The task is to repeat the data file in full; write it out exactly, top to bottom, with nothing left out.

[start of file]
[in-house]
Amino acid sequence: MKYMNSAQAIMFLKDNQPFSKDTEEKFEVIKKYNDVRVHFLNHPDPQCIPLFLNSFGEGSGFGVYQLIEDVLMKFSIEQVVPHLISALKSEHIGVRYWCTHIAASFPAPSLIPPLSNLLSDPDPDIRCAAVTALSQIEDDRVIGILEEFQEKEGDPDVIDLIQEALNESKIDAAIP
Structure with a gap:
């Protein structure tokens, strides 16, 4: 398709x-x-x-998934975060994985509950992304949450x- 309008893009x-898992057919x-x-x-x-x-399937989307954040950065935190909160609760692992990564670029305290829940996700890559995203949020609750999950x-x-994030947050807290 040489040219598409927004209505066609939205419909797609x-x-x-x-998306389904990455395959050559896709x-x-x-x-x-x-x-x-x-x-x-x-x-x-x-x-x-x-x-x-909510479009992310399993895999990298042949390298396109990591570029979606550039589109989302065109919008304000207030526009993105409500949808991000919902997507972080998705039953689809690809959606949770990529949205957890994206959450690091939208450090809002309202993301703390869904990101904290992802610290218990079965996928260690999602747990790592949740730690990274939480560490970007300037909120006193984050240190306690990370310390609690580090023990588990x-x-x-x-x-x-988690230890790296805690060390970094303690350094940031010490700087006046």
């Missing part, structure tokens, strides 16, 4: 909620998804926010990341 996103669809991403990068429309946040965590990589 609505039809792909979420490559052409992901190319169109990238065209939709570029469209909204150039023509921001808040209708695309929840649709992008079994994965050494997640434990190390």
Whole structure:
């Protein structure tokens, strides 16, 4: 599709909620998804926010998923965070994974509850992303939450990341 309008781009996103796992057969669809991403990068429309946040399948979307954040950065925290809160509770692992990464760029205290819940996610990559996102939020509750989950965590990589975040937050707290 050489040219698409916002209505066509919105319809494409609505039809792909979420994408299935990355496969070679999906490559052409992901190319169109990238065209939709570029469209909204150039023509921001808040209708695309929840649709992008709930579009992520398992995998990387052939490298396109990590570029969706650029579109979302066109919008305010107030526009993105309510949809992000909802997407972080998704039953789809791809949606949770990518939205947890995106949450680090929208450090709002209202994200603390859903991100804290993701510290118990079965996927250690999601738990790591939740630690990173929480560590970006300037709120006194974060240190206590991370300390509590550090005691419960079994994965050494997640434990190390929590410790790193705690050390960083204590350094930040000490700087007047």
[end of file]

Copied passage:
[in-house]
Amino acid sequence: MKYMNSAQAIMFLKDNQPFSKDTEEKFEVIKKYNDVRVHFLNHPDPQCIPLFLNSFGEGSGFGVYQLIEDVLMKFSIEQVVPHLISALKSEHIGVRYWCTHIAASFPAPSLIPPLSNLLSDPDPDIRCAAVTALSQIEDDRVIGILEEFQEKEGDPDVIDLIQEALNESKIDAAIP
Structure with a gap:
């Protein structure tokens, strides 16, 4: 398709x-x-x-998934975060994985509950992304949450x- 309008893009x-898992057919x-x-x-x-x-399937989307954040950065935190909160609760692992990564670029305290829940996700890559995203949020609750999950x-x-994030947050807290 040489040219598409927004209505066609939205419909797609x-x-x-x-998306389904990455395959050559896709x-x-x-x-x-x-x-x-x-x-x-x-x-x-x-x-x-x-x-x-909510479009992310399993895999990298042949390298396109990591570029979606550039589109989302065109919008304000207030526009993105409500949808991000919902997507972080998705039953689809690809959606949770990529949205957890994206959450690091939208450090809002309202993301703390869904990101904290992802610290218990079965996928260690999602747990790592949740730690990274939480560490970007300037909120006193984050240190306690990370310390609690580090023990588990x-x-x-x-x-x-988690230890790296805690060390970094303690350094940031010490700087006046």
């Missing part, structure tokens, strides 16, 4: 909620998804926010990341 996103669809991403990068429309946040965590990589 609505039809792909979420490559052409992901190319169109990238065209939709570029469209909204150039023509921001808040209708695309929840649709992008079994994965050494997640434990190390």
Whole structure:
């Protein structure tokens, strides 16, 4: 599709909620998804926010998923965070994974509850992303939450990341 309008781009996103796992057969669809991403990068429309946040399948979307954040950065925290809160509770692992990464760029205290819940996610990559996102939020509750989950965590990589975040937050707290 050489040219698409916002209505066509919105319809494409609505039809792909979420994408299935990355496969070679999906490559052409992901190319169109990238065209939709570029469209909204150039023509921001808040209708695309929840649709992008709930579009992520398992995998990387052939490298396109990590570029969706650029579109979302066109919008305010107030526009993105309510949809992000909802997407972080998704039953789809791809949606949770990518939205947890995106949450680090929208450090709002209202994200603390859903991100804290993701510290118990079965996927250690999601738990790591939740630690990173929480560590970006300037709120006194974060240190206590991370300390509590550090005691419960079994994965050494997640434990190390929590410790790193705690050390960083204590350094930040000490700087007047």